Dec 14th 2010 By: Andy Khouri
Back in April, Capstone Comics Publishing
writer Rob Bass
read a newspaper article that detailed the debut of Electron Boy,
a superhero alter ego created for the severely ill Erik Martin
by the Make-A-Wish Foundation
in response to the 13-year-old's wish to be a superhero. In a truly awesome feat of generosity (not to mention logistics), Erik was provided with not just a cool superhero identity, a sidekick and a vehicle, but a host of celebrities to rescue and villains to fight in an adventure that took him all over his hometown of Seattle. The event inspired Bass and his collaborators to create for Erik an actual Electron Boy comic book
, which is now both online and on sale
to benefit the Martin family.
More on Erik and Electron Boy after the jump, including CNN's eyes-on-the-scene report from the day's adventure.
What Erik would later describe as the best day of his life began with a call from Spider-Man, who hooked the young man up with a snazzy Electron Boy costume and a real-life DeLorean in which to travel all over Seattle. Over the course of an afternoon, Erik -- who suffers from a number of physical challenges, not the least of which is kidney cancer -- rescued the Seattle Sounders, witnessed a challenge from his arch-villains Dr. Dark and Blackout Boy on a JumboTron, and performed heroically in a stunning showdown at the Space Needle -- complete with a cheering crowd of fans.
That Erik Martin was able to imagine a life as Electron Boy and overcome his tremendous physical obstacles to live out that wish for even a single day was overwhelming to Rob Bass.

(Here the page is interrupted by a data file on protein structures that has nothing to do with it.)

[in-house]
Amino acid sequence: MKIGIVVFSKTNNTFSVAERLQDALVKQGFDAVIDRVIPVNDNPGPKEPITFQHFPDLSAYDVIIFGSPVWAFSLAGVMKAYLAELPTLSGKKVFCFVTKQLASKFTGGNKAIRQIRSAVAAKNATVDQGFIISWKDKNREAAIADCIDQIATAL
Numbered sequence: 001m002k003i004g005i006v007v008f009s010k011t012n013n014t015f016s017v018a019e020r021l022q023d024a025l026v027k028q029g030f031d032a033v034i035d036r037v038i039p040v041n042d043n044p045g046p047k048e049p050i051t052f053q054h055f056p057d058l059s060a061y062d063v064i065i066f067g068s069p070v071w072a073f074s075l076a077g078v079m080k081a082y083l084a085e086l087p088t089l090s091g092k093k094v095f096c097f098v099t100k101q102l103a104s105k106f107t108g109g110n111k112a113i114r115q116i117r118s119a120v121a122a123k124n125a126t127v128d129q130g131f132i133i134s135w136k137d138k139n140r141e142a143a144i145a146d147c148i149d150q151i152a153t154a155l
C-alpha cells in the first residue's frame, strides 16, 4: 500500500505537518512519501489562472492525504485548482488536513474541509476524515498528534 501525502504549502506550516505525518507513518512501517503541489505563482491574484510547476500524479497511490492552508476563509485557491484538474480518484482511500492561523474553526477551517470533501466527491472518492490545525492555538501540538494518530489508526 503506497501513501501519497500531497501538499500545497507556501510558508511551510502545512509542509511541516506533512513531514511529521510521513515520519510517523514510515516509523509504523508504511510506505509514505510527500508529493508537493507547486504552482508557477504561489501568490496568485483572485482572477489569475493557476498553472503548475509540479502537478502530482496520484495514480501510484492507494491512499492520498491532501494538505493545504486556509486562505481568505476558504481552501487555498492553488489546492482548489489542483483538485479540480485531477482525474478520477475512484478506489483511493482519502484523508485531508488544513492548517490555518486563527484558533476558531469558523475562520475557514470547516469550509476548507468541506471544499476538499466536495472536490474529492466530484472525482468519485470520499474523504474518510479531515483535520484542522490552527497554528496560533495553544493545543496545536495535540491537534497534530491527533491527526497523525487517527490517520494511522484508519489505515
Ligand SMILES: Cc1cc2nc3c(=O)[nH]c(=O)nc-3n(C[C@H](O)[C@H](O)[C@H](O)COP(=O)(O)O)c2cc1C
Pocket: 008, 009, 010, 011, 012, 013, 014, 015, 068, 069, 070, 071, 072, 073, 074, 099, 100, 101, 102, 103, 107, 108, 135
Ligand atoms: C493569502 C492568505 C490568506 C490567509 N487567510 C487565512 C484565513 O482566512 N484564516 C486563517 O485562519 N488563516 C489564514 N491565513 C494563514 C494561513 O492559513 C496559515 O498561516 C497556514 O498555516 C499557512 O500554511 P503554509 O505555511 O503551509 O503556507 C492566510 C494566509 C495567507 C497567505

What really got me about the whole story was what it proved, right out there where anybody could see it, pure objective truth, that our imaginations are pure and boundless and can take us anywhere that we let them, no matter how much these bodies might fail us, that even if you're born without a right atrium and ventricle in your heart and no spleen and all your organs on the wrong side of your body and are extremely sensitive to the touch and you beat cancer once when you're eleven and then it comes back again when you're thirteen, you can overcome all of that, because you still have the power to do anything, become just who you've always dreamed of being.
Working with artist Matt Campbell, Bass created a 12-page comic book published by CCP, which can be purchased for $5.00
with all proceeds going to the Martin family. Naturally, the story depicts Electron Boy using his energy-based powers to defend Seattle. It's a great little book, but one has to wonder if Erik Martin might find the Electron Boy comic a little quaint. Defending Seattle from the forces of evil is indeed a great story, but Erik's already done that for real.